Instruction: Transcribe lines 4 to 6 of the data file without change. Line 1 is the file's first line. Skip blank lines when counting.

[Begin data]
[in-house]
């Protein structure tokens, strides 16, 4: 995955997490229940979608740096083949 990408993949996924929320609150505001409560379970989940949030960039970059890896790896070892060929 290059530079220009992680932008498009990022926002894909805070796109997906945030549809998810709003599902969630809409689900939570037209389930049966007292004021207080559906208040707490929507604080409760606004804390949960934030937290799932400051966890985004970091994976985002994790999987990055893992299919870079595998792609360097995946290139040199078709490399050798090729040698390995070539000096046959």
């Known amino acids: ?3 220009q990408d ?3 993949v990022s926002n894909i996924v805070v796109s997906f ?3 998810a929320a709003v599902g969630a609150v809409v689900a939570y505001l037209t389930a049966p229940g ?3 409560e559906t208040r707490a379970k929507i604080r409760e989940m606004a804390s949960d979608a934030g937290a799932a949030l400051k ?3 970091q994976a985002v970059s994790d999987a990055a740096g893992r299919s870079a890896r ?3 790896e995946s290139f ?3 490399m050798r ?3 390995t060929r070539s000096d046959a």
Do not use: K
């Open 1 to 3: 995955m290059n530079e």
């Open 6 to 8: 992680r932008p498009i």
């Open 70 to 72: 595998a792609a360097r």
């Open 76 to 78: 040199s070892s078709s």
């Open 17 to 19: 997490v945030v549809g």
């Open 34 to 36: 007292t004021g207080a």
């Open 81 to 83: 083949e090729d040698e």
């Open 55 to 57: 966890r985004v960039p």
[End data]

Do not use: K
């Open 1 to 3: 995955m290059n530079e």
């Open 6 to 8: 992680r932008p498009i």